insulin therapy for type 2 diabetes, insulin for type 2 diabetes side effects

Insulin Therapy for Type 2: The Pros and Cons

Sometimes when type 2 diabetes gets out of control and patients aren’t able to manage their blood sugar, they are put on insulin therapy for type 2 diabetes. But is this the best choice? When doctors prescribe insulin, they are essentially giving more insulin to someone who is already producing too much. According to Dr. Mariela Glandt in A Sweet Life, the best way to help people with type 2 to produce less insulin is to eat fewer carbs. 

Other studies have shown that taking diabetes medications such as insulin does not actually lengthen lifespan or improve quality of life, and could do more harm than good. 

So what are the pros and cons of taking insulin with type 2? Are there some cases where you have to have it?

What is insulin?

Insulin is a powerful hormone produced by beta cells in the pancreas that helps cells turn blood glucose into energy. When the body either doesn’t make insulin or doesn’t respond well to it, the complications of diabetes arise.

Everyone with type 1 and some people with type 2 diabetes need to use insulin to manage their diabetes. People with type 1 diabetes have to take insulin because their pancreas no longer produces it. Some people with type 2 diabetes need to take insulin, as they have insulin resistance, wherein their sensitivity to insulin is impaired.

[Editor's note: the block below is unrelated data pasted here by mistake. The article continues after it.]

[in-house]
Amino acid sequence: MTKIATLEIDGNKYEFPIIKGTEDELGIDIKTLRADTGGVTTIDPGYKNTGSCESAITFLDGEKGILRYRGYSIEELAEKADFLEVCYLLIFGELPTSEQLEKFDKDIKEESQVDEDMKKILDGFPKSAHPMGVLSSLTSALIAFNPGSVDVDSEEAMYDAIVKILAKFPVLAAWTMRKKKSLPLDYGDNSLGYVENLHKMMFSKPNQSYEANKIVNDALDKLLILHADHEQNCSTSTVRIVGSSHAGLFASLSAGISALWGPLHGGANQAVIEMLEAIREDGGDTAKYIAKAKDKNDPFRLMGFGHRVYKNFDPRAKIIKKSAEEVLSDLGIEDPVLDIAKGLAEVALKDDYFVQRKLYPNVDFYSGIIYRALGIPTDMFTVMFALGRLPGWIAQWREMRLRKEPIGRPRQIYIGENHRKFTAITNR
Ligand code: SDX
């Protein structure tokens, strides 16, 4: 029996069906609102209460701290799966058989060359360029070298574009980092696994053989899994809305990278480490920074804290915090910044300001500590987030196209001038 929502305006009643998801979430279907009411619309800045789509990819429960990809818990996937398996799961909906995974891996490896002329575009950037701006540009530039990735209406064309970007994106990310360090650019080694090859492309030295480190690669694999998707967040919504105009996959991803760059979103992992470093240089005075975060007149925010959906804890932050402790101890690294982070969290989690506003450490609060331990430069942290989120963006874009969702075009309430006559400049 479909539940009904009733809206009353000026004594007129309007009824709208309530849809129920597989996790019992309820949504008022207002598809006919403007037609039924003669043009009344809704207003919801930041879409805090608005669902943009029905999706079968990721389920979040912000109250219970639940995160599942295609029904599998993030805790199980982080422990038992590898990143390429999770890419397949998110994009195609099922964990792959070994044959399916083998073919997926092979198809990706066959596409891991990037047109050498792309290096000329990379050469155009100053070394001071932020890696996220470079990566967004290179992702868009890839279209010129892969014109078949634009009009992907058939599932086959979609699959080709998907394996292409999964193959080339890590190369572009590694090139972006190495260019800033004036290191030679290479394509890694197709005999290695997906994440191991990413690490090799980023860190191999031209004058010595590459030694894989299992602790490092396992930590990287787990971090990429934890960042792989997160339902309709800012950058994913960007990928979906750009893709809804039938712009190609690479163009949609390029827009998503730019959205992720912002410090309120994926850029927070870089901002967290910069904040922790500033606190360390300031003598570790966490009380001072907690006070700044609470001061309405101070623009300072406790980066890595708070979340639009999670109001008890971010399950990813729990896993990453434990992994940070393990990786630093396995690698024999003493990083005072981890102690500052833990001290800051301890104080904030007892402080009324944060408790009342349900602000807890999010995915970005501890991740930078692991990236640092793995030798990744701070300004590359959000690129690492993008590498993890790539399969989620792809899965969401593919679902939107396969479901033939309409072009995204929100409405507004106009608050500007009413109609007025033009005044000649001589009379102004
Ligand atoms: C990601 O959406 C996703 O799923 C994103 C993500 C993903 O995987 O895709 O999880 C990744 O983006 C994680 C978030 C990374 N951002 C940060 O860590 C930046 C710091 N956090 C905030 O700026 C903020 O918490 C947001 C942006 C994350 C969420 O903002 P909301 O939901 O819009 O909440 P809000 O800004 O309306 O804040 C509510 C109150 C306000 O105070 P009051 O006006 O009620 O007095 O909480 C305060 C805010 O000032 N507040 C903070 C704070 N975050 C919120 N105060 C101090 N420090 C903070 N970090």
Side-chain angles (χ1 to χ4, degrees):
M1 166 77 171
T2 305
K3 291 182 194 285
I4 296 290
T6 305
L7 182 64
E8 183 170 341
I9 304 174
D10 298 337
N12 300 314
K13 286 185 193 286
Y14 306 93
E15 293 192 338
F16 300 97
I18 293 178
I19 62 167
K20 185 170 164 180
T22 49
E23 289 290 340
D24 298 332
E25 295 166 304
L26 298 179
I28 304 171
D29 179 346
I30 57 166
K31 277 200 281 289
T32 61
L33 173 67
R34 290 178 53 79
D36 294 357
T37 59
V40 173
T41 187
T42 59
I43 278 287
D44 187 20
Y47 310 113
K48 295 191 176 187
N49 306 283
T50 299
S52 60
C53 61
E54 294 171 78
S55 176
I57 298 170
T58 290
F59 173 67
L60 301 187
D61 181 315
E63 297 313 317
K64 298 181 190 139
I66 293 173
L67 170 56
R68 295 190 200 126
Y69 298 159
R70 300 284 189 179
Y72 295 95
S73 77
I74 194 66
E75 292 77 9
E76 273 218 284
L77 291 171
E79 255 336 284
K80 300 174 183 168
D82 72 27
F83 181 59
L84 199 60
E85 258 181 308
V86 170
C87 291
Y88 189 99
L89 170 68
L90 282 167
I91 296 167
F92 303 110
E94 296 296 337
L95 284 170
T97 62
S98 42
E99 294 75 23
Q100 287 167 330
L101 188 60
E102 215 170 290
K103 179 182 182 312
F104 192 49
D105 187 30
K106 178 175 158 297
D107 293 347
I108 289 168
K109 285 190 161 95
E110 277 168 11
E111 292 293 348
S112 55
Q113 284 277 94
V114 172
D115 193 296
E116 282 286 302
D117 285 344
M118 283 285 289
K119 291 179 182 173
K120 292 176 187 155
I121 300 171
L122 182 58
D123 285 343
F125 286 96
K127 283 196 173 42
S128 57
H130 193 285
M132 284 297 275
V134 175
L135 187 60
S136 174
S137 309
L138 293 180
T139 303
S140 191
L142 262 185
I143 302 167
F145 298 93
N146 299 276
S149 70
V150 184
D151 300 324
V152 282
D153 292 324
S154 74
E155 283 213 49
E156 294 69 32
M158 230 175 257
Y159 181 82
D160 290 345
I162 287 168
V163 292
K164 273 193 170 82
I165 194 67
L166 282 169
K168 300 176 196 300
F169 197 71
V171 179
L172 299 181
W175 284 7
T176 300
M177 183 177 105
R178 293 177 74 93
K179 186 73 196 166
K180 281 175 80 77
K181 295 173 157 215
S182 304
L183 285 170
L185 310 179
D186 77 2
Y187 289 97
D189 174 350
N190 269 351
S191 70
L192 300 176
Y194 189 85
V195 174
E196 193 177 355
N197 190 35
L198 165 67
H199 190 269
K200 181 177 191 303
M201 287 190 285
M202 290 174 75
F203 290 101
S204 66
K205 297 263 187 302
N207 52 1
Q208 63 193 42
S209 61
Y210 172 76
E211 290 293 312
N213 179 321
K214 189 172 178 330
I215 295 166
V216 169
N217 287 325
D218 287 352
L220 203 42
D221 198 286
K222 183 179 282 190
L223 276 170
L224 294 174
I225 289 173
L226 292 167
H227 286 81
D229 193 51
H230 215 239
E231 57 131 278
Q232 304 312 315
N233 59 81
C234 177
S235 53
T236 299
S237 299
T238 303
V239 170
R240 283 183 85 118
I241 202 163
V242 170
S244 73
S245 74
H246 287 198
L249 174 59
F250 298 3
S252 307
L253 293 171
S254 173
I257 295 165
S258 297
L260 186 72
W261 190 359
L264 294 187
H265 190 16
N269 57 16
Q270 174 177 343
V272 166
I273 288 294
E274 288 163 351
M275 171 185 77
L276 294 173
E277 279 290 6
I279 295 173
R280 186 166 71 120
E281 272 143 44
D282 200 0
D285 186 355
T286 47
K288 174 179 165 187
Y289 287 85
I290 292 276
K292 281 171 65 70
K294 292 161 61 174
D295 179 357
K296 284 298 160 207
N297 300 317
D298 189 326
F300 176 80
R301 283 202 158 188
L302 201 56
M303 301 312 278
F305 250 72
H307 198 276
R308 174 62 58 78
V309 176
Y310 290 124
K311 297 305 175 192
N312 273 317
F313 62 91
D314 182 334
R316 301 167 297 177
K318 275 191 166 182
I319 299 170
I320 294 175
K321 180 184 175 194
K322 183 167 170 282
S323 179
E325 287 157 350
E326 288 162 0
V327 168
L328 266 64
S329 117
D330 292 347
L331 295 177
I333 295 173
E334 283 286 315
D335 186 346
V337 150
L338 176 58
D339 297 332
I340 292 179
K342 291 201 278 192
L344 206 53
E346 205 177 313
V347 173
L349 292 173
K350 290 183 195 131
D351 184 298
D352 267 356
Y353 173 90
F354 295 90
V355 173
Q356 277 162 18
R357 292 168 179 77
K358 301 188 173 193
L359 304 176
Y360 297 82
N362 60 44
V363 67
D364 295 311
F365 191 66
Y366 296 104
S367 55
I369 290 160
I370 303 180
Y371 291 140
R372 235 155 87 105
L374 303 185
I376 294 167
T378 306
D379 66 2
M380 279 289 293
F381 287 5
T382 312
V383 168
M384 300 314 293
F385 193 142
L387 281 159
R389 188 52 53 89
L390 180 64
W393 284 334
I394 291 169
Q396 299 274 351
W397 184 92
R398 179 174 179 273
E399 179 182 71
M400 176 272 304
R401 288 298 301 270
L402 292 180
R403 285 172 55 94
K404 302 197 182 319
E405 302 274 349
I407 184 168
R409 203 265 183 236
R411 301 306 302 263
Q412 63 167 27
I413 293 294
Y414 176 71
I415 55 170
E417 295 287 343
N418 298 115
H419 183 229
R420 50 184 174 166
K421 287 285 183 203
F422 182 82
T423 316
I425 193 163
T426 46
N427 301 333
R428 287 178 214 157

The most common strength of insulin is U-100, or 100 units of insulin per milliliter of fluid. When traveling outside the U.S., be sure to match your insulin strength with the correct syringe size.


Benefits of taking insulin for type 2 

Insulin comes with some real-time benefits:

  • It works quickly to bring blood glucose levels to a safe range
  • Has very few side effects
  • Can cost less than other diabetes medications

Risks of taking insulin for type 2

There are side effects that can occur when taking insulin for type 2:

  • Lowers blood sugar too much
  • Can cause discomfort of injections
  • Weight gain is possible
  • Risk of infection

If insulin isn’t appropriate to treat your diabetes, your doctor might recommend other ways of treating your high blood sugar.

Alternatives to taking insulin can include:

  • Eating a very low-carb diet
  • Taking oral diabetes medications
  • Taking other injectables that are not insulin
  • Undergoing weight loss surgery

If your doctor does tell you that you need to take insulin, don’t think of it as a failure. It just means that you might need to take it in order to control your diabetes for a time. Know that by managing your diet and exercise you may be able to get your diabetes better under control and stop taking insulin.